US judge’s ruling gives hope to some ME travellers

BEIRUT/DAMASCUS/WASHINGTON: Citizens of seven mainly Muslim countries banned from the United States by President Donald Trump can resume boarding US-bound flights, major airlines said on Saturday, after a Seattle judge blocked the executive order. The ruling gave hope to some Middle East travellers but left them unclear how long the new travel window might last. In the wake of Friday’s ruling, Qatar Airways was the first to say it would allow passengers from Iran, Iraq, Libya, Somalia, Sudan, Syria and Yemen to resume flying to US cities if they had valid documents.
Fellow Gulf carriers Etihad and Emirates said they would do the same, as did Air France, Spain’s Iberia and Germany’s Lufthansa. Officials in Lebanon and Jordan said they had received no new instructions on the issue.
Ibrahim Ghaith, a Syrian barber who fled Damascus in 2013, said in Jordan: “Today we heard that the measures may have been abolished but we are not sure if this is just talk. If they go back on the decision, people will be overjoyed.”
Iraqi refugee Nizar al Qassab said in Lebanon: “If it really has been frozen, I thank God, because my wife and children should have been in America by now.”
The 52-year-old said his family had been due to travel to the United States for resettlement on January 31. The trip was cancelled two days before that, and he was now waiting for a phone call from UN officials overseeing their case. “It’s in God’s hands,” he said.
RACE AGAINST TIME: Two Sudanese travellers said they were trying to travel as soon as possible, fearing the ban might be reinstated.
“I’m in a race against time,” said a 31-year-old female academic who declined to be named for fear of any consequences.
“Today I face a real problem in Khartoum because the international airlines are refusing to sell me a ticket to travel for fear of contradicting the President’s decision. Now I am going from one airline company to another to convince them about the court’s decision,” she said.
A 34-year-old Sudanese engineer, who also did not want to be named, said: “After the court’s decision I am now trying to leave as fast as possible before the situation changes once more.”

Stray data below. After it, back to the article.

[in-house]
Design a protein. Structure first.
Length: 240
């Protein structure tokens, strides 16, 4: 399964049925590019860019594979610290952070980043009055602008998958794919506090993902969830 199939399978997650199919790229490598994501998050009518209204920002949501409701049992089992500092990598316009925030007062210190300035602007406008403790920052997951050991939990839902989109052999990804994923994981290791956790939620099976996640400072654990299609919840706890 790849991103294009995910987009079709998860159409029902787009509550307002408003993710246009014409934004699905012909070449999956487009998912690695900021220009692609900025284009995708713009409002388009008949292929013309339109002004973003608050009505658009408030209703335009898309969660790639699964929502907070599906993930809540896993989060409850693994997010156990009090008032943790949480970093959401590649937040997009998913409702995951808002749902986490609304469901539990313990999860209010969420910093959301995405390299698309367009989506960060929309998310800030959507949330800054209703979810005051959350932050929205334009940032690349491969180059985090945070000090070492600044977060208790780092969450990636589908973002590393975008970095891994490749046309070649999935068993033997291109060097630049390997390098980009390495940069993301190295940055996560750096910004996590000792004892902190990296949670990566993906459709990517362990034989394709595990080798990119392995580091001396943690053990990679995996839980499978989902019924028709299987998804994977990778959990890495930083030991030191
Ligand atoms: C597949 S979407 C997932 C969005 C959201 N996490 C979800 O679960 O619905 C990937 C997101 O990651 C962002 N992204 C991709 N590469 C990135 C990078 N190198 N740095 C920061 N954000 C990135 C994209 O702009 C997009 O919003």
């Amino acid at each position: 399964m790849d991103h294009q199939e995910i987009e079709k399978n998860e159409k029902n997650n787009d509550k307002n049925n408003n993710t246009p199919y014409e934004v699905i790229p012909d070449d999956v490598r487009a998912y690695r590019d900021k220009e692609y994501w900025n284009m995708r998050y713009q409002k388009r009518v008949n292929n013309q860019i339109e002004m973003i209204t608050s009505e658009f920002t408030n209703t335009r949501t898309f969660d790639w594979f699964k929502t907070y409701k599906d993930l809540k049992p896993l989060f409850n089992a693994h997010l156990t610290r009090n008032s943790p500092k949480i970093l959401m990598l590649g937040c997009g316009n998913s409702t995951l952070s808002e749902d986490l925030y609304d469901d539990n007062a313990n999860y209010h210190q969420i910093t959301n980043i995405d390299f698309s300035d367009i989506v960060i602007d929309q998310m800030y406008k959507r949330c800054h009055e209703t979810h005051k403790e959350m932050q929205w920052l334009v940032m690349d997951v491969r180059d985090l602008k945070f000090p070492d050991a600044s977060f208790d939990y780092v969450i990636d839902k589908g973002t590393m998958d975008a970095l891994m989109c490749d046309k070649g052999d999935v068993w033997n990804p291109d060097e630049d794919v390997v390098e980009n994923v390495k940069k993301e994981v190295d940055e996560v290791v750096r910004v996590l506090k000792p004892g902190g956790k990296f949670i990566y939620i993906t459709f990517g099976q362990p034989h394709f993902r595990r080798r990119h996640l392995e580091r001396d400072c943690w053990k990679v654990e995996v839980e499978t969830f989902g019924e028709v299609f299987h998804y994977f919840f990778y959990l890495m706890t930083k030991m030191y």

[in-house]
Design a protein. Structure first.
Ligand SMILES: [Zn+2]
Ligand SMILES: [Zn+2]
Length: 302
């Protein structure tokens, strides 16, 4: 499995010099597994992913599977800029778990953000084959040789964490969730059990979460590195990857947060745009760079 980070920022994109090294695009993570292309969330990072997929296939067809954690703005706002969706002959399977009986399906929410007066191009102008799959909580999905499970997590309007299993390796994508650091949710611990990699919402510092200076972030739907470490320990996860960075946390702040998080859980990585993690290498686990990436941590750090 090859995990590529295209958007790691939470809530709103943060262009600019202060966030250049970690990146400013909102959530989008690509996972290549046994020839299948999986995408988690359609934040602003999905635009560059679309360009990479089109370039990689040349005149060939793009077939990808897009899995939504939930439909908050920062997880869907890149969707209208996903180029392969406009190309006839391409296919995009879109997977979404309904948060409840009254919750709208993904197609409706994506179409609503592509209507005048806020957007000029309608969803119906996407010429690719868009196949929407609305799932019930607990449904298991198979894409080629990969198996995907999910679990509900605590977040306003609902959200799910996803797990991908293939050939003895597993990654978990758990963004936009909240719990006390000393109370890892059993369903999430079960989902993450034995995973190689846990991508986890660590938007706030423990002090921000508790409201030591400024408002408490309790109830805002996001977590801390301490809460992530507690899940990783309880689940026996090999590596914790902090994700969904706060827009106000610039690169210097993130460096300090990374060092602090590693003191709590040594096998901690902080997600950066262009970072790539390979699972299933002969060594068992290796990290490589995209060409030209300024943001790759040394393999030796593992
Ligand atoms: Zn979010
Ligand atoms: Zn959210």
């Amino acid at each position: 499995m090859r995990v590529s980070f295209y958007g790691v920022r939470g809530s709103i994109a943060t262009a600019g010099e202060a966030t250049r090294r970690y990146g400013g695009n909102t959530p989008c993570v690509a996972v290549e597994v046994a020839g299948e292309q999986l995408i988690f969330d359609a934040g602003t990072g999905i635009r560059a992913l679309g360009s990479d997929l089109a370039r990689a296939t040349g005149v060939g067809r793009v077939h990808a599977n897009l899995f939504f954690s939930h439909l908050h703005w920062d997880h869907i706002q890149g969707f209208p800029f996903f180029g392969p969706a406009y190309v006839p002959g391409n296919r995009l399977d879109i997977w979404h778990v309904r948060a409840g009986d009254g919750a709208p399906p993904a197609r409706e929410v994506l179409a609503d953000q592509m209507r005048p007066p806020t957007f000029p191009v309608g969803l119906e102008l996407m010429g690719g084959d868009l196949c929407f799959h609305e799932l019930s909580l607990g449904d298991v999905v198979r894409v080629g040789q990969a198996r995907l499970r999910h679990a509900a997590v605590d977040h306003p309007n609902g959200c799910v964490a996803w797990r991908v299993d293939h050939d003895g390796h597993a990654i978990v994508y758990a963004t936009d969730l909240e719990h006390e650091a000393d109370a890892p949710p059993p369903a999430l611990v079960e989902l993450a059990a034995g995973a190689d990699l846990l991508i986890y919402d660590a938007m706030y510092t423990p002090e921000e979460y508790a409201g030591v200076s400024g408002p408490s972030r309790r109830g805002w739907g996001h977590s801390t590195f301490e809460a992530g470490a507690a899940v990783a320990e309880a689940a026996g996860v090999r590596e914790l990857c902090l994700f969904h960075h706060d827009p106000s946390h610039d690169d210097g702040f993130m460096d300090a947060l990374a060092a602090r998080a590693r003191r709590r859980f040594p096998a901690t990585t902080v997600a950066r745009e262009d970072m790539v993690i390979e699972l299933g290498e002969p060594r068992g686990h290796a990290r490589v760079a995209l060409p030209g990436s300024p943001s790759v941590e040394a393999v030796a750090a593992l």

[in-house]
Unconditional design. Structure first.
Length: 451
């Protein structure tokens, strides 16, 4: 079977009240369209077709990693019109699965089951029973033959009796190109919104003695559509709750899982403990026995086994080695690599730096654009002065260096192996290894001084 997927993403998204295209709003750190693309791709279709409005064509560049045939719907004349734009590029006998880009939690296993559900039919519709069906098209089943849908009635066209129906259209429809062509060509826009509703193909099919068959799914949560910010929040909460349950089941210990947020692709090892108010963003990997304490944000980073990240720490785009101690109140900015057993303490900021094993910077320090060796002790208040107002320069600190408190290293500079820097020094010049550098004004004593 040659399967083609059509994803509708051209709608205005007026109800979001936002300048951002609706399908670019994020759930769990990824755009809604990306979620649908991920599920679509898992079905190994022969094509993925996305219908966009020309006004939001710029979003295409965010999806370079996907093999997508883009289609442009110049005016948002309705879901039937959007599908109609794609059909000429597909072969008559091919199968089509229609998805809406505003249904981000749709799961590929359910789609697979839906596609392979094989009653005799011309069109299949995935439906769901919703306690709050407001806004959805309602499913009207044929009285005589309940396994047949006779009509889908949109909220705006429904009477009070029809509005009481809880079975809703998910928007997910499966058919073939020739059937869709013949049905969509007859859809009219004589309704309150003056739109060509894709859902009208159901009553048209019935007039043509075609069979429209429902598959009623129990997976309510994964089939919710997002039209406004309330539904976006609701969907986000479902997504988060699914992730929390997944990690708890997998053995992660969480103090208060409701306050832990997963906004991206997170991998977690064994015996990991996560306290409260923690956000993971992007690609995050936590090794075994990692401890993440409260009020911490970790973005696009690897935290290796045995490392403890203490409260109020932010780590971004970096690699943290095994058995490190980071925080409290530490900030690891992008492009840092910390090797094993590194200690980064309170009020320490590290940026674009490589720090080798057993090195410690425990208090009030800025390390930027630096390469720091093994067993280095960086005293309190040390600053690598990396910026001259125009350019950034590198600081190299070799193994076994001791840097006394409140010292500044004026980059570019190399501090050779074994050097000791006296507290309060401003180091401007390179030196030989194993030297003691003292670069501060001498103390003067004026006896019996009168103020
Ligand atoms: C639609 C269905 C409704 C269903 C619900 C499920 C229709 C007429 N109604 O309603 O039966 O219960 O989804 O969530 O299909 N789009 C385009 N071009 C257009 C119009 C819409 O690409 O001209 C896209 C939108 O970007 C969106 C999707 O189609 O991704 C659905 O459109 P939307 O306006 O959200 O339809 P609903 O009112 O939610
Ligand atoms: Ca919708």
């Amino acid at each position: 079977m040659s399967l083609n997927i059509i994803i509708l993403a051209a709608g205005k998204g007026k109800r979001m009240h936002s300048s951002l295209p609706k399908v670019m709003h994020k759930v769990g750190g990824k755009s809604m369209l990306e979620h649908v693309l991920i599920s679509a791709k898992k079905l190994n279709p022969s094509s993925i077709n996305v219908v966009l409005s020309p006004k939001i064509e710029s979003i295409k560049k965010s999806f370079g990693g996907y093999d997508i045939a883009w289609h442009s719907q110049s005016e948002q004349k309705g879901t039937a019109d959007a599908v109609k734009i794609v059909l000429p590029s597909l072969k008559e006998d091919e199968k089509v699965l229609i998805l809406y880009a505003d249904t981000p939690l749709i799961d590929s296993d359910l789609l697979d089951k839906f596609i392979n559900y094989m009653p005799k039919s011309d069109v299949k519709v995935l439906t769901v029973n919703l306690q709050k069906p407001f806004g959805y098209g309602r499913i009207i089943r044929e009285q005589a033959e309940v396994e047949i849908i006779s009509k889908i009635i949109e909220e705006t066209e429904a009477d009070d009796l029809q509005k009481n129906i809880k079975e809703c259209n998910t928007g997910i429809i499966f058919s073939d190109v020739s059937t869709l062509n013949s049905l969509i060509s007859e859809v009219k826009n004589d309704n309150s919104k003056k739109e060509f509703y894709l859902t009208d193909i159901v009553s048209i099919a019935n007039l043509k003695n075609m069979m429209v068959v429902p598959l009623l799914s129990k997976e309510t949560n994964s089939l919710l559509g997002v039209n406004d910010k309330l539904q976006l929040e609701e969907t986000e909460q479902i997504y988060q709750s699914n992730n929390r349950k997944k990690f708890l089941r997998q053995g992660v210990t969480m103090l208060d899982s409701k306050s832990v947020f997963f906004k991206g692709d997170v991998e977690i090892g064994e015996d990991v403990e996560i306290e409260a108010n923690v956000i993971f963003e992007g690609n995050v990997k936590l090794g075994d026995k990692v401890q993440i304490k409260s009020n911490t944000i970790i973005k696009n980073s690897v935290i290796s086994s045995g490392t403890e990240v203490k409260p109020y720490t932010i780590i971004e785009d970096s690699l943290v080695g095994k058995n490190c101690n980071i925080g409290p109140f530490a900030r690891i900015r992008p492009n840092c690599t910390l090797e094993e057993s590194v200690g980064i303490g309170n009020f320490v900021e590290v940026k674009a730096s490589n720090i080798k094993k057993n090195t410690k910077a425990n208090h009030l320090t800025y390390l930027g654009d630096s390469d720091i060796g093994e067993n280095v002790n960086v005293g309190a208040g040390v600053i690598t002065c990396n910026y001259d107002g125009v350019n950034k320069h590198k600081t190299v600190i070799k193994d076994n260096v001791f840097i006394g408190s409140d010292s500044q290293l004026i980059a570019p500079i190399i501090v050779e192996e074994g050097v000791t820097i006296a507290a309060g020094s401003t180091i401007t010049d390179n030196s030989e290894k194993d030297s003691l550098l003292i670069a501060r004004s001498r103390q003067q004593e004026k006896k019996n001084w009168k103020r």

US Customs and Border Protection told airlines they could board travellers affected within hours of Friday’s ruling, but budget airline Norwegian, which operates transatlantic flights including from London and Oslo, said many uncertainties remained about the legal position.
“It’s still very unclear,” spokeswoman Charlotte Holmbergh Jacobsson said. “We advise passengers to contact the US Embassy … We have to follow the US rules.”
In Cairo, aviation sources said Egypt Air and other airlines had told their sales offices of Friday’s ruling and would allow people previously affected by the ban to book flights.
But for some who had changed their travel plans following the ban, the order was not enough reassurance.
Josephine Abu Assaleh, who was stopped from entering the United States last week with five members of her family, was hesitant to express any hope in the court ruling as she awaited word from her lawyers.
“I will not say if I have hope or not. I wait, watch, and then I build my hopes. We left the matter with the lawyers. When they tell us the decision has been cancelled, we will decide whether to go back or not,” she said in Damascus, speaking by telephone.
Abu Assaleh, 60, and her family only learnt of Trump’s order after landing at Philadelphia International Airport with US visas that were granted in 2016, some 13 years after they initially made their applications.
VISA SUSPENSIONS: Trump’s order caused chaos at airports across the United States last week. Virtually all refugees were also barred, upending the lives of thousands of people who had spent years seeking asylum in the US.
The State Department said on Friday that almost 60,000 visas were suspended following Trump’s order. It was not clear whether that suspension was automatically revoked or what reception travellers with such visas might get at US airports. — Reuters